Following our recent first drive of the turbocharged Polo SEL and in the first of a new series of articles, Victoria Stubbs from Volkswagen retailer group Vindis explains the technology behind the company’s TSI engines, as used in the new Polo GTI
If you’re looking into buying a new Volkswagen you might have wondered what a TSI engine is, and what the difference is between a TSI and TDI. Simply put, TSI are Volkswagen’s petrol engines and the TDIs are diesel. However there’s a bit more to it than that; the TSI engines actually take features from the diesel TDIs and normal petrol direct injection engines and mix them together.
The 1.4-litre TSI unit is a ‘hybrid’ engine that combines petrol direct injection with what VW call ‘twincharging’ – a turbocharger and supercharger working together. The result is a compact yet powerful engine that scores highly for both performance and economy, runs smoothly and quietly, and produces less CO2.
The following features are at the heart of the TSI formula:
First, a smaller and lighter engine. Decreasing engine size means less power is lost through friction, and reducing weight means the engine has less to move.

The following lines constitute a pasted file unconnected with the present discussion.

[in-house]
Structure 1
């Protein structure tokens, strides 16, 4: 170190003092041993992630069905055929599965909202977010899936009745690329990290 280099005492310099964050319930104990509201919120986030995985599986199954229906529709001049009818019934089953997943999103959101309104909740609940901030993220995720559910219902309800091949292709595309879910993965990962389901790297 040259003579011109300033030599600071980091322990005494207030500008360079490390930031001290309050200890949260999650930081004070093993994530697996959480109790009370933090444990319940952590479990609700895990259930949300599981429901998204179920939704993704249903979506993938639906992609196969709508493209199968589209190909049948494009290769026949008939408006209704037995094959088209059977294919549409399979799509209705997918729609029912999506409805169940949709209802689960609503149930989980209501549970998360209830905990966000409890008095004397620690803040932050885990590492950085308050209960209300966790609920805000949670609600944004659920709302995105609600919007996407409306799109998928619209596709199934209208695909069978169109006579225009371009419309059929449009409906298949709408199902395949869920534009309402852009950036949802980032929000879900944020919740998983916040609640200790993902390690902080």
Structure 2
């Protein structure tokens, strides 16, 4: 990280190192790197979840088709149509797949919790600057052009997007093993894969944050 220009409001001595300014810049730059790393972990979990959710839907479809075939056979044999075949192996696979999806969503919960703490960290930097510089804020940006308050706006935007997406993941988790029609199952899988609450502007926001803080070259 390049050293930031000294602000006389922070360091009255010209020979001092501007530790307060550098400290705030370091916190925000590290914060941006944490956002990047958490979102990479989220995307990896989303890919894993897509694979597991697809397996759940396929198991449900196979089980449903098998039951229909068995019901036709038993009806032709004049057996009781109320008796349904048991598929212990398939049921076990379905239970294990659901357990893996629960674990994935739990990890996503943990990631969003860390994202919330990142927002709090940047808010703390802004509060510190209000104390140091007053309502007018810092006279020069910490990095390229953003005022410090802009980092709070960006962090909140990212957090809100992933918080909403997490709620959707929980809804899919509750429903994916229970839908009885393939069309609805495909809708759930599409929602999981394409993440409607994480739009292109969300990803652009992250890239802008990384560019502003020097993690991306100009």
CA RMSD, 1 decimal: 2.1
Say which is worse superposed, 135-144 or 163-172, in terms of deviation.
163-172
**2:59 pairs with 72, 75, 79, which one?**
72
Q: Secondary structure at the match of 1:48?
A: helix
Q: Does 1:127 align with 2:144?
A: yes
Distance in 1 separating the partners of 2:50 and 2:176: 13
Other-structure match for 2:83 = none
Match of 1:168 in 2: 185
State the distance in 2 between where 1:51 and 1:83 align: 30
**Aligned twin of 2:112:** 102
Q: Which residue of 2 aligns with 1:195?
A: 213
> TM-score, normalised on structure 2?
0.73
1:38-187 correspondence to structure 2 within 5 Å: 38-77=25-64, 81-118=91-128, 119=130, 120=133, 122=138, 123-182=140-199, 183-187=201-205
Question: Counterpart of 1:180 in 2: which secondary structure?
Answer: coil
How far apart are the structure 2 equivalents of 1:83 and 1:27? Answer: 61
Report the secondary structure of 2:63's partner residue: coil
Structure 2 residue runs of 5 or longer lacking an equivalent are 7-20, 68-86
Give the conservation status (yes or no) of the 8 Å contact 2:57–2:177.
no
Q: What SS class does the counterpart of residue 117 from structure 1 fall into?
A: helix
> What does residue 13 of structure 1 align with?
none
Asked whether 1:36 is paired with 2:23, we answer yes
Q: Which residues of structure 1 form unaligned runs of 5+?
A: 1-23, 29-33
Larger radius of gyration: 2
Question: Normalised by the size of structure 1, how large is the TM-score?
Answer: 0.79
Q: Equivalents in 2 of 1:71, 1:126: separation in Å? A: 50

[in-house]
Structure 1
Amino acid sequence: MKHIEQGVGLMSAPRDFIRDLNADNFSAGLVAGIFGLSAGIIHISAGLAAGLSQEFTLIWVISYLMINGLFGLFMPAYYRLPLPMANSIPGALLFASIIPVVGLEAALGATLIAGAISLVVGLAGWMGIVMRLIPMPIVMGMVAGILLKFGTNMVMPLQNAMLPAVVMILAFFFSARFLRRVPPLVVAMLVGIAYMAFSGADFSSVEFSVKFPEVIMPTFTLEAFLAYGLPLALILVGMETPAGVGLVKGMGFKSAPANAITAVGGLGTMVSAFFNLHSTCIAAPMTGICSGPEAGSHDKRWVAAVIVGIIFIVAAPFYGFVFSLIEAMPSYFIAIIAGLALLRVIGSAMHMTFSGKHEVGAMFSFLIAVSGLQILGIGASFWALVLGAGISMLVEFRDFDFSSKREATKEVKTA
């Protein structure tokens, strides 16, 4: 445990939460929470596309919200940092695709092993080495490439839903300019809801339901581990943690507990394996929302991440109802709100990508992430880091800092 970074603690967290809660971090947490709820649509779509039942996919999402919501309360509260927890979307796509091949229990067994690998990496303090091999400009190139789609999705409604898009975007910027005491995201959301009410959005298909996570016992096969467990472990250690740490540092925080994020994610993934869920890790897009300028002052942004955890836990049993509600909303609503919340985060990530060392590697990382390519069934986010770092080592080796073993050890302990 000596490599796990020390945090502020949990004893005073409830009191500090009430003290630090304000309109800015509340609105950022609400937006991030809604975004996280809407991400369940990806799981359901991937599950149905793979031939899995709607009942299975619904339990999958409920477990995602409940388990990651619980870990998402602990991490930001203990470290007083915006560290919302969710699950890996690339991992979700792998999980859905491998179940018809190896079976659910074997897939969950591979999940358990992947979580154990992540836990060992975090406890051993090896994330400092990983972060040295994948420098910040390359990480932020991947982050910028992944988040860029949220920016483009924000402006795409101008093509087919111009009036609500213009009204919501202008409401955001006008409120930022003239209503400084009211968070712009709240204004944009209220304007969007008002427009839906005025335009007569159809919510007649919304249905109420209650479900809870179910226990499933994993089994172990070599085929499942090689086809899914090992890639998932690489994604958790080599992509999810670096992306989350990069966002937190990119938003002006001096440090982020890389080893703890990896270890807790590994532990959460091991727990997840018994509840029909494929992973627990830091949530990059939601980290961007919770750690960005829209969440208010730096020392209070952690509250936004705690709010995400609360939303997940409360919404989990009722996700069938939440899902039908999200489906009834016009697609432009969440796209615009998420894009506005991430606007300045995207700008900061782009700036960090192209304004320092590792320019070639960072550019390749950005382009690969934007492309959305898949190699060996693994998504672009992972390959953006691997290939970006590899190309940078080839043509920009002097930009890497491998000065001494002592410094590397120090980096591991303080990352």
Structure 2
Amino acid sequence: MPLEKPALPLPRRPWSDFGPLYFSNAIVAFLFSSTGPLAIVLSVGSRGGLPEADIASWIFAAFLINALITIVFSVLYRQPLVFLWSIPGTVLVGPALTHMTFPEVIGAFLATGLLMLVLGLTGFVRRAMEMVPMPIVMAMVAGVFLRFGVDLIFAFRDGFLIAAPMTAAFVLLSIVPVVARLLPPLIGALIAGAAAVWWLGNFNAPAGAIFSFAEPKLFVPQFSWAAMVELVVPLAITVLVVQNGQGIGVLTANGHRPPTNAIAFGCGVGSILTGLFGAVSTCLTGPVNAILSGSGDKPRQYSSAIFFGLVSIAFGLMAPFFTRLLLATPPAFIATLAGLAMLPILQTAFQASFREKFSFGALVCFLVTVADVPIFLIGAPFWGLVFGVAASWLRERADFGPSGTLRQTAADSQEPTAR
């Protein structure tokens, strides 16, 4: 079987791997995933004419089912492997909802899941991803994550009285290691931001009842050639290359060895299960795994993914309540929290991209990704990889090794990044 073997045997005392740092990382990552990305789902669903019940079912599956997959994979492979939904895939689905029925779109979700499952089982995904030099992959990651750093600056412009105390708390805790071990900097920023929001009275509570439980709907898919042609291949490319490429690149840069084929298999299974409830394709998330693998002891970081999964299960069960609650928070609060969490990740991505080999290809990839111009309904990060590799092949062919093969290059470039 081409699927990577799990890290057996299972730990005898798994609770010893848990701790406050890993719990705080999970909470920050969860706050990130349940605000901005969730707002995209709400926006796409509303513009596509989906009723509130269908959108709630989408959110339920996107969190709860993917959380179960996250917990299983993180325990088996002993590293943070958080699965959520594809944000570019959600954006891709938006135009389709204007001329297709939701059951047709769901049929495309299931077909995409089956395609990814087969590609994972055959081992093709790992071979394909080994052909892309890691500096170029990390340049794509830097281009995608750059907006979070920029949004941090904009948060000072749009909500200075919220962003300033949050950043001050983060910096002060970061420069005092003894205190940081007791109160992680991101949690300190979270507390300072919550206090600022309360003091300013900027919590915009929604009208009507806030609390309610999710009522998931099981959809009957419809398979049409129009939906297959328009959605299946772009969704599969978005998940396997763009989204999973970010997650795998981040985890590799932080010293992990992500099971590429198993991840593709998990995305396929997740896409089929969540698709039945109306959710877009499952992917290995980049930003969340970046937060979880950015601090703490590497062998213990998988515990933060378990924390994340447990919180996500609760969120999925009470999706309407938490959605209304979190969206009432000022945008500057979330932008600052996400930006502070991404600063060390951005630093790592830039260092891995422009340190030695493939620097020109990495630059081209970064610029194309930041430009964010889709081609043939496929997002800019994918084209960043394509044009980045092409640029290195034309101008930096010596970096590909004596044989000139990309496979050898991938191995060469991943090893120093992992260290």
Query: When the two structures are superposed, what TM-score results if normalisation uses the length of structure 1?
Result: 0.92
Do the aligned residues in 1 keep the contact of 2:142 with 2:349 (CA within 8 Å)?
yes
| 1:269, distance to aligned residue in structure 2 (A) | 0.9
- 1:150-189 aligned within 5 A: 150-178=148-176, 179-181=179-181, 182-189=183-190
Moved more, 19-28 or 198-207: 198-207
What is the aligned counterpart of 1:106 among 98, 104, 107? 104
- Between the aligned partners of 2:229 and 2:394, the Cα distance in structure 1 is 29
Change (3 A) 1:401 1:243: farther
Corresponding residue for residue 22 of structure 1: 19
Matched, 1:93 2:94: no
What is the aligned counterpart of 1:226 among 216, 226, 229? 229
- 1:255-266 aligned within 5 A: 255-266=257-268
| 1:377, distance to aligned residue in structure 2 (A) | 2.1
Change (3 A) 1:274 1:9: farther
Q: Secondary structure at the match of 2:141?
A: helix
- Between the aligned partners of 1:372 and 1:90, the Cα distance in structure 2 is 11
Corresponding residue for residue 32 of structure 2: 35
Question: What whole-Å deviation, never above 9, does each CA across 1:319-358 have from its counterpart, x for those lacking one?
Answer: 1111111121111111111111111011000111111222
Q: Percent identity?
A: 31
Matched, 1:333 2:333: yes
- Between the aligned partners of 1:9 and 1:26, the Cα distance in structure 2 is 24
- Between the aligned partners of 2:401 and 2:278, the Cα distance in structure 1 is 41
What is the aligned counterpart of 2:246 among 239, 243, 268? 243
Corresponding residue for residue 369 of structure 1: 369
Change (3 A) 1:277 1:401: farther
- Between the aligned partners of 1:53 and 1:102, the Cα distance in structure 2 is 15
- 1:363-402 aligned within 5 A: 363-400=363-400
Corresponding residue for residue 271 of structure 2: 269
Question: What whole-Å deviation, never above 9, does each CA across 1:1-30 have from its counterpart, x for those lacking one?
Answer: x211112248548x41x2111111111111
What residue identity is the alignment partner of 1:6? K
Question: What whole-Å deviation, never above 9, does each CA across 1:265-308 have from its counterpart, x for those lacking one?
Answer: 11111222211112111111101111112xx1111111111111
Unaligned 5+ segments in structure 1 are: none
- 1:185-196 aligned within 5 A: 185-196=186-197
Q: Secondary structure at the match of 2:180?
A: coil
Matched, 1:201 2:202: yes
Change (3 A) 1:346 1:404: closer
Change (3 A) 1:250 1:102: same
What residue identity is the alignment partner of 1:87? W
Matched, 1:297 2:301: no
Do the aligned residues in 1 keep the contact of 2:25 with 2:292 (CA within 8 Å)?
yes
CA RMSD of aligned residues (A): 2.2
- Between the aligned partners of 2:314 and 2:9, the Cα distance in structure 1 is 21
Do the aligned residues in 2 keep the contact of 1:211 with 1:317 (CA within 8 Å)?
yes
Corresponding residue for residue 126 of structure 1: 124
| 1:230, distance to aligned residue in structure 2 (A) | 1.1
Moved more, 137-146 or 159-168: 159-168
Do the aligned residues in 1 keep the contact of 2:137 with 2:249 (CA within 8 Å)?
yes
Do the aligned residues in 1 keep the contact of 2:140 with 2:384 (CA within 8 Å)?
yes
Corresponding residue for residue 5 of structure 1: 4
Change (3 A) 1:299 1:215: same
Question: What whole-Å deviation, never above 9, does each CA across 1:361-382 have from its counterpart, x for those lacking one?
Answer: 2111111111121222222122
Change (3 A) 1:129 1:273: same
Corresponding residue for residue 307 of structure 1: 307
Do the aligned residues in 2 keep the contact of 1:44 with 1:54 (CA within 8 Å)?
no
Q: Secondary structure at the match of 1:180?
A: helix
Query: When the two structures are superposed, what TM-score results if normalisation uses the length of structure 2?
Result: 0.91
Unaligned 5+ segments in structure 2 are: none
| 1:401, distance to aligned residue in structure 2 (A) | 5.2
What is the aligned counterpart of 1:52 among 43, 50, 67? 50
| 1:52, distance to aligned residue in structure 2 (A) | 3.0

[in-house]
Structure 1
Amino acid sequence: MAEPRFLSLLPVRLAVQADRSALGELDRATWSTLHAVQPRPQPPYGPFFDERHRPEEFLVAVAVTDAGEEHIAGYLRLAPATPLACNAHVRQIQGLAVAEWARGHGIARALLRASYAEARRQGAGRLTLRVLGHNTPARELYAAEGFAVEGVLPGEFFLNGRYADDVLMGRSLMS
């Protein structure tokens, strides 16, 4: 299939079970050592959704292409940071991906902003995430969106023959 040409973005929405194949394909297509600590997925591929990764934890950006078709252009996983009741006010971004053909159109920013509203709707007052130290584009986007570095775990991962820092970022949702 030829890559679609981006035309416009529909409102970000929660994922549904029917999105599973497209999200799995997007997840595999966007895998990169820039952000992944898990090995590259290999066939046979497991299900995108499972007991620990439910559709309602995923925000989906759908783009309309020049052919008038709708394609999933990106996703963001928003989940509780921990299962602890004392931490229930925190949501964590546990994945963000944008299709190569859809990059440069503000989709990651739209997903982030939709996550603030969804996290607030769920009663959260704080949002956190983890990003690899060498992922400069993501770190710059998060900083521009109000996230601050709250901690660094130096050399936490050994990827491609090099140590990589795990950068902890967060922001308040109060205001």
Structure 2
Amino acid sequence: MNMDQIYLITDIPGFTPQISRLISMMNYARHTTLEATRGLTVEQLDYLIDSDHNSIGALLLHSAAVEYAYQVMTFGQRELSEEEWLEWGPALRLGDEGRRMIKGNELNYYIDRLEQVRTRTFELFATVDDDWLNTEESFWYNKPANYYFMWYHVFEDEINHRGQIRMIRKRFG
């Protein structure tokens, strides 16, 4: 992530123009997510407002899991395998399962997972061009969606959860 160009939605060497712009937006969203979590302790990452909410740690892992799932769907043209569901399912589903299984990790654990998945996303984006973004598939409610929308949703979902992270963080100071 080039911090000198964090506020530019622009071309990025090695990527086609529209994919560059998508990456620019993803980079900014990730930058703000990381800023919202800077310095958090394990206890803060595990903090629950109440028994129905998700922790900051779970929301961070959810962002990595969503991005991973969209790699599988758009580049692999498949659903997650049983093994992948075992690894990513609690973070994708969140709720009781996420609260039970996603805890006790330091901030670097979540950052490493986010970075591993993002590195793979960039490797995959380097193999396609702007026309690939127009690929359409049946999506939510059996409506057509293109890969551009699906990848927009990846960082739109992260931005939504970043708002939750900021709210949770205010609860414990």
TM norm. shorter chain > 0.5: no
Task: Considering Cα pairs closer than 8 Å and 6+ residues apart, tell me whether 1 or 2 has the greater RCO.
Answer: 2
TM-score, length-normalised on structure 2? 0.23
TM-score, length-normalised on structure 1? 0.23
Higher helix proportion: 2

Second, direct petrol injection and twincharging. Engines run by burning fuel (combustion). The more efficient the combustion, the higher the power output and the lower the fuel consumption. VW’s twincharging system means a turbocharger and supercharger working together. The supercharger is powered via belt drive from the crankshaft, giving optimum pulling power even at very low revs. At higher speeds the turbocharger (a system that uses the energy from exhaust gases to power the air intake that is essential for combustion) joins in, making the system more energy-efficient.
Volkswagen have used a number of design tricks to make the TSIs even more efficient. These include redesigning moving parts to use less materials (and therefore be lighter) and optimising the fuel injection. This second point needs a little more explanation.
Two of the key factors in engine design are pressurising and cooling air in the cylinder (because oxygen is needed for combustion and air is only 21% oxygen), and pressuring fuel so that it can be injected into the cylinder as a fine spray and mix as quickly and evenly as possible with the compressed air prior to combustion. The TSI’s turbocharger has its own separate air cooler, which means that the volume of air held in the system to charge the cyclinder with has been halved. The pressure required for combustion can build up far more quickly, meaning further efficiency savings all round.
The TSI engine has been well-received by motor critics worldwide, and the 1.4-litre twincharger unit has won the International Engine of the Year award in the 1.0-1.4 litre category every year since 2005. It also won Best Green Engine in 2009. A 1.2-litre TSI engine is also available, fitted with a turbocharger only.
Victoria Stubbs, Vindis
Vindis are retailers for all Volkswagen models including the ever-popular secondhand VW Golf